We are here because the member for and the member for were attempting to make their way to this place for a vote on budget day. Unfortunately, they were unable to make it because the parliamentary buses were blocked from picking them up at the bus stop due to the 's passing motorcade, which we learned was empty at the time. This prevented my two colleagues from performing their duties as elected representatives.
Voting is a very important part of our job. Having our voting privileges breached is serious and warrants debate in the House. This is not the first time we have debated this question of privilege. The first time, the Liberals closed down the debate on this important issue and then we had the Speaker rule against that closure, saying it was not within the rules of the House. He stated that our Standing Orders clearly stated that questions of privilege took precedence over everything else.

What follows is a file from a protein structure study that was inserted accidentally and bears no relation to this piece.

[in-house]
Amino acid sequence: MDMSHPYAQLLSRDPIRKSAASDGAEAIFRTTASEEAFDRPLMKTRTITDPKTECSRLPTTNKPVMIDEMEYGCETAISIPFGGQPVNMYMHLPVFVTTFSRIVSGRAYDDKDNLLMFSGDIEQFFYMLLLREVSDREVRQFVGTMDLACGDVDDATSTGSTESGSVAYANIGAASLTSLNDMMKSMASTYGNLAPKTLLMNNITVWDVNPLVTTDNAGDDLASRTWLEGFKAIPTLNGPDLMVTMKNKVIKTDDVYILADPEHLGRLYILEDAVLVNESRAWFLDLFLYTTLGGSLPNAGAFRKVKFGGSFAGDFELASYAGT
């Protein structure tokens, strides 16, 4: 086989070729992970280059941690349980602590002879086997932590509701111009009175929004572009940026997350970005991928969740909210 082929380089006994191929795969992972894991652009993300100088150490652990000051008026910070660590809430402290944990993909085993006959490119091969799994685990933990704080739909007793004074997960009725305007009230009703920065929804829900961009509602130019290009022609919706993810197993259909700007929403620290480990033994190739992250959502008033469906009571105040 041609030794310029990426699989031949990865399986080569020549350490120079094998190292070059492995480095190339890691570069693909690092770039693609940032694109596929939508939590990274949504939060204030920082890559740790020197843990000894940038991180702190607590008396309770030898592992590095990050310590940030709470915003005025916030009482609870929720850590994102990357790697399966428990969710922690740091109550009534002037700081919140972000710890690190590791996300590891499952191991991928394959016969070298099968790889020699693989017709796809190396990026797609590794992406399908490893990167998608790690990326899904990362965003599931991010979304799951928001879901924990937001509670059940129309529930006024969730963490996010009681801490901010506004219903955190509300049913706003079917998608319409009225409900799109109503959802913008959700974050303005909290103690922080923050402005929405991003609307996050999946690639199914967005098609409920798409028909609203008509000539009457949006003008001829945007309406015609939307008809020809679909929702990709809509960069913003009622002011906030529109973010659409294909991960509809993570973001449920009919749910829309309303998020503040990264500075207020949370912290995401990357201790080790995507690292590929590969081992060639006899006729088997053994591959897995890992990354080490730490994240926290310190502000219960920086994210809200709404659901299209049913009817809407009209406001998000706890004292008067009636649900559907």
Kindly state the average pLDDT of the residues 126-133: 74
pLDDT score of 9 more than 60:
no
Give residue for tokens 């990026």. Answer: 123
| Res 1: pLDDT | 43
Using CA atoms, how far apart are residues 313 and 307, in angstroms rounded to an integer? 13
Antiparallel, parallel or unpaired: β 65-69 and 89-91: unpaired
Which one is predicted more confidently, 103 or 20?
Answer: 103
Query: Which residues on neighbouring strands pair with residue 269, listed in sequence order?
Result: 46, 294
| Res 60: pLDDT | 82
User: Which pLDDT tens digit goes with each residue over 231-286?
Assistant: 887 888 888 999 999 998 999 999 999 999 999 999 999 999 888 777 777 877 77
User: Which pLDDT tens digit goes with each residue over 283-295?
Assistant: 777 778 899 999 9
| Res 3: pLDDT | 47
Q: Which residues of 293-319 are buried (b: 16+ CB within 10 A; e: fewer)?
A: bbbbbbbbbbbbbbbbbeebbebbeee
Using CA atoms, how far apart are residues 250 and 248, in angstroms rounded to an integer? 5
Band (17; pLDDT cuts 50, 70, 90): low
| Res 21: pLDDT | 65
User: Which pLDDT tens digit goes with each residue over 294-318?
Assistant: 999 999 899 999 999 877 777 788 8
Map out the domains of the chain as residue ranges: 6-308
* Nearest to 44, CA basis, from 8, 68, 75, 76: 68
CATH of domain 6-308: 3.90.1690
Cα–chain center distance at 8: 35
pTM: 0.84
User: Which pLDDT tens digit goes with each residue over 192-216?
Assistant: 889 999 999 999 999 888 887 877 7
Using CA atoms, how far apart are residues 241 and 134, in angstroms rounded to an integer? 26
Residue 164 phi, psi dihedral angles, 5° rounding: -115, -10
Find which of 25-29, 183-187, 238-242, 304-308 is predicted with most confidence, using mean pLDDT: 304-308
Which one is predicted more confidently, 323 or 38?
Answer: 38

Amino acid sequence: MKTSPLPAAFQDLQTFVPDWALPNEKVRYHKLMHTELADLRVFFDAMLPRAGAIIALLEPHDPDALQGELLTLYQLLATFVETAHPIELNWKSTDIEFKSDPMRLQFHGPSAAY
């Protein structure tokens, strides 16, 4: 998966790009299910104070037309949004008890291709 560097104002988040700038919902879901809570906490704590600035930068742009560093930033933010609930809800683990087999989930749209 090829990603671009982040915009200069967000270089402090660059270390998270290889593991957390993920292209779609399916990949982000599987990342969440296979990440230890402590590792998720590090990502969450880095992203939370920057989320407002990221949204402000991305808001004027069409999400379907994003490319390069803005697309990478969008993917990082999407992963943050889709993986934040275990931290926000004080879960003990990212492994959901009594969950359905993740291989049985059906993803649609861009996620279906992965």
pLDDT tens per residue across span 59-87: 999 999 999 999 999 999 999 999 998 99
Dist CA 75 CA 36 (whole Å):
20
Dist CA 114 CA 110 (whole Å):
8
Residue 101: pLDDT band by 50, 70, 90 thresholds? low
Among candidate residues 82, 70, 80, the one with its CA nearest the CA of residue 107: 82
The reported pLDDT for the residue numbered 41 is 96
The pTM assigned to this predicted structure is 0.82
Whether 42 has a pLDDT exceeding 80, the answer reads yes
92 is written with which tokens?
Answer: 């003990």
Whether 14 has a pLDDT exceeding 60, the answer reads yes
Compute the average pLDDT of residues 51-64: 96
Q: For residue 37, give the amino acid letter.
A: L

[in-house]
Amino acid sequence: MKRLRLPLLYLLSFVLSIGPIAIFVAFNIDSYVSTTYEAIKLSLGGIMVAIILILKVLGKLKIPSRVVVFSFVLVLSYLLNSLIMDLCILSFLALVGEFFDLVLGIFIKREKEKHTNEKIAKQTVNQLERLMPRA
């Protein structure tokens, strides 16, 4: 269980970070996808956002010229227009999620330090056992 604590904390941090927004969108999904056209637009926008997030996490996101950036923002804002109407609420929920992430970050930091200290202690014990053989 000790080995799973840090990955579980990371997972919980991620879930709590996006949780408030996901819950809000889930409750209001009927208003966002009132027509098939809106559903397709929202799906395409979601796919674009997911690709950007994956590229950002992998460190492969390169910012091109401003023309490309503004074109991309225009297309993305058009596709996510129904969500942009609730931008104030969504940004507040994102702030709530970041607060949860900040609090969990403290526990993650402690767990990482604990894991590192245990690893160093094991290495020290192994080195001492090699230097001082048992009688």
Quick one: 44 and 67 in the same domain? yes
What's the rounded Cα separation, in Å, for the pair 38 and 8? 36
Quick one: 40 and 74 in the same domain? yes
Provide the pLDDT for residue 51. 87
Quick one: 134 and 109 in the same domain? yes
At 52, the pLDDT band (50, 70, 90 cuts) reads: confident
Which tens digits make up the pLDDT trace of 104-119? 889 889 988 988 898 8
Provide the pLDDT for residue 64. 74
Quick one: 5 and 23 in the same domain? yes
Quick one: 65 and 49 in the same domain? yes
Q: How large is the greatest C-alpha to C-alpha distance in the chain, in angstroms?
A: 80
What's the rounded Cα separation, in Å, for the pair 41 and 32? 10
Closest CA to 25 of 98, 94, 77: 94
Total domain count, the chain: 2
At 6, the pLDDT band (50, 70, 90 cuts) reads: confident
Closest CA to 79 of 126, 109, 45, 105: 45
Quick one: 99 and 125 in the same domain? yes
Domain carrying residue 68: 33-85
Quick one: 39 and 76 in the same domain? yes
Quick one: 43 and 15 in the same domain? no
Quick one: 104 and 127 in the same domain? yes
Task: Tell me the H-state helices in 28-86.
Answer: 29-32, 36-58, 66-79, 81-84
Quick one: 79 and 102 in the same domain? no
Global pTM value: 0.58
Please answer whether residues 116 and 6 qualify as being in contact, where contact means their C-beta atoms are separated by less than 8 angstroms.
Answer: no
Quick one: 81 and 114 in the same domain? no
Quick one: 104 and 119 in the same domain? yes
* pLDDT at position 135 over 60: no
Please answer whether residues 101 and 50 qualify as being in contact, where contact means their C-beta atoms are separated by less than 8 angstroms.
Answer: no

Unfortunately, we find ourselves today with the same heavy-handed tactic. The government House leader today invoked closure once again to shut down this debate. This has never been done in the House before and the arrogance of this move is unprecedented.
I have a great deal of respect for members of the Parliamentary Protective Services and I tip my hat to them. They work to hard to ensure MPs' privileges, rights, and duties are supported. I have a lot of respect for the drivers of the buses that shuttle us around the parliamentary precinct and all the staff on them.
The question of privilege is not about laying fault on these workers. We have the RCMP in the House that answers solely to the government. Earlier when the government House leader said that we needed answers, all she had to do was ask the RCMP, which is under the government's purview, what happened and the Liberals would have the answer. We need an absolute guarantee that this will never happen again.
The issue at hand is that MPs were prevented from performing their duties. Why did this happen? Why were the buses prevented from bringing MPs to this place? Did the 's team know what was happening? Is there a potential that this could happen again? We need answers to these questions. As I mentioned, the Speaker previously found a prima facie breach of privilege for a reason.